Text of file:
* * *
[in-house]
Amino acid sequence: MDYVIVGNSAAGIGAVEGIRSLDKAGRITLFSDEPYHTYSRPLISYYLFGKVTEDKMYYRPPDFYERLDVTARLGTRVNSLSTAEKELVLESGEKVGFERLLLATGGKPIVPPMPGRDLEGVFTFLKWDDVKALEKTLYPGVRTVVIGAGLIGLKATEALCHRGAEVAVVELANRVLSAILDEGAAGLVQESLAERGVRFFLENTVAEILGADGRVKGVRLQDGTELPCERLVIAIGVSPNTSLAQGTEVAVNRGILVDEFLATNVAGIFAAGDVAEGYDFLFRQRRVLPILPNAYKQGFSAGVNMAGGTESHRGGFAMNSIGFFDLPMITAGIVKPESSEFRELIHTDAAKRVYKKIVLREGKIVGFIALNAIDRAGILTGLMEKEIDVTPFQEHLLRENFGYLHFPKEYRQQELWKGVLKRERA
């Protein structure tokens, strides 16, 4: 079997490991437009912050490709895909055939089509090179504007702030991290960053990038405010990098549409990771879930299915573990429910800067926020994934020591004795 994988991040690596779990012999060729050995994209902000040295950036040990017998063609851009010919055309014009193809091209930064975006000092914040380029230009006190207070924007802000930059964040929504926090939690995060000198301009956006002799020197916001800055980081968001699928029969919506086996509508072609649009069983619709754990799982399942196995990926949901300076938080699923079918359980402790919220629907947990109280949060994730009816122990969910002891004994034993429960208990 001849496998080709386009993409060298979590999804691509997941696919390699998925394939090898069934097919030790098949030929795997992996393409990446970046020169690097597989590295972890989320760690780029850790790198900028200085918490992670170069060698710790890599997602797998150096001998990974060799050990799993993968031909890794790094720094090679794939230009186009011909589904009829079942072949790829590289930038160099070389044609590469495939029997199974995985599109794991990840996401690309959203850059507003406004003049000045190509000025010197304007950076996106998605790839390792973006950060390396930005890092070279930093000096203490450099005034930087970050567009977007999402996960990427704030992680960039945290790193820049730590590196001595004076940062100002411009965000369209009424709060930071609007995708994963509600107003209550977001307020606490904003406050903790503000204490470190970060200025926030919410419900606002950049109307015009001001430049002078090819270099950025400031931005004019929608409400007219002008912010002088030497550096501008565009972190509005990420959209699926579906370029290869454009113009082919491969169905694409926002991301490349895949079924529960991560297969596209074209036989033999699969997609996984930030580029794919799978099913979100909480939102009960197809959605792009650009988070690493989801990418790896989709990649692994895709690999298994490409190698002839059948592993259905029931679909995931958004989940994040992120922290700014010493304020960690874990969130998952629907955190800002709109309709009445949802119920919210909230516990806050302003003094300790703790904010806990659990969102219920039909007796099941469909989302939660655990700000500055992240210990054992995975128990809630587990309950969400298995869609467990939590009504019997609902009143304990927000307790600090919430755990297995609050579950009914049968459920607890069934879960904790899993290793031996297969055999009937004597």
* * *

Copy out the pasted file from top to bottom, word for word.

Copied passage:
[in-house]
Amino acid sequence: MDYVIVGNSAAGIGAVEGIRSLDKAGRITLFSDEPYHTYSRPLISYYLFGKVTEDKMYYRPPDFYERLDVTARLGTRVNSLSTAEKELVLESGEKVGFERLLLATGGKPIVPPMPGRDLEGVFTFLKWDDVKALEKTLYPGVRTVVIGAGLIGLKATEALCHRGAEVAVVELANRVLSAILDEGAAGLVQESLAERGVRFFLENTVAEILGADGRVKGVRLQDGTELPCERLVIAIGVSPNTSLAQGTEVAVNRGILVDEFLATNVAGIFAAGDVAEGYDFLFRQRRVLPILPNAYKQGFSAGVNMAGGTESHRGGFAMNSIGFFDLPMITAGIVKPESSEFRELIHTDAAKRVYKKIVLREGKIVGFIALNAIDRAGILTGLMEKEIDVTPFQEHLLRENFGYLHFPKEYRQQELWKGVLKRERA
């Protein structure tokens, strides 16, 4: 079997490991437009912050490709895909055939089509090179504007702030991290960053990038405010990098549409990771879930299915573990429910800067926020994934020591004795 994988991040690596779990012999060729050995994209902000040295950036040990017998063609851009010919055309014009193809091209930064975006000092914040380029230009006190207070924007802000930059964040929504926090939690995060000198301009956006002799020197916001800055980081968001699928029969919506086996509508072609649009069983619709754990799982399942196995990926949901300076938080699923079918359980402790919220629907947990109280949060994730009816122990969910002891004994034993429960208990 001849496998080709386009993409060298979590999804691509997941696919390699998925394939090898069934097919030790098949030929795997992996393409990446970046020169690097597989590295972890989320760690780029850790790198900028200085918490992670170069060698710790890599997602797998150096001998990974060799050990799993993968031909890794790094720094090679794939230009186009011909589904009829079942072949790829590289930038160099070389044609590469495939029997199974995985599109794991990840996401690309959203850059507003406004003049000045190509000025010197304007950076996106998605790839390792973006950060390396930005890092070279930093000096203490450099005034930087970050567009977007999402996960990427704030992680960039945290790193820049730590590196001595004076940062100002411009965000369209009424709060930071609007995708994963509600107003209550977001307020606490904003406050903790503000204490470190970060200025926030919410419900606002950049109307015009001001430049002078090819270099950025400031931005004019929608409400007219002008912010002088030497550096501008565009972190509005990420959209699926579906370029290869454009113009082919491969169905694409926002991301490349895949079924529960991560297969596209074209036989033999699969997609996984930030580029794919799978099913979100909480939102009960197809959605792009650009988070690493989801990418790896989709990649692994895709690999298994490409190698002839059948592993259905029931679909995931958004989940994040992120922290700014010493304020960690874990969130998952629907955190800002709109309709009445949802119920919210909230516990806050302003003094300790703790904010806990659990969102219920039909007796099941469909989302939660655990700000500055992240210990054992995975128990809630587990309950969400298995869609467990939590009504019997609902009143304990927000307790600090919430755990297995609050579950009914049968459920607890069934879960904790899993290793031996297969055999009937004597």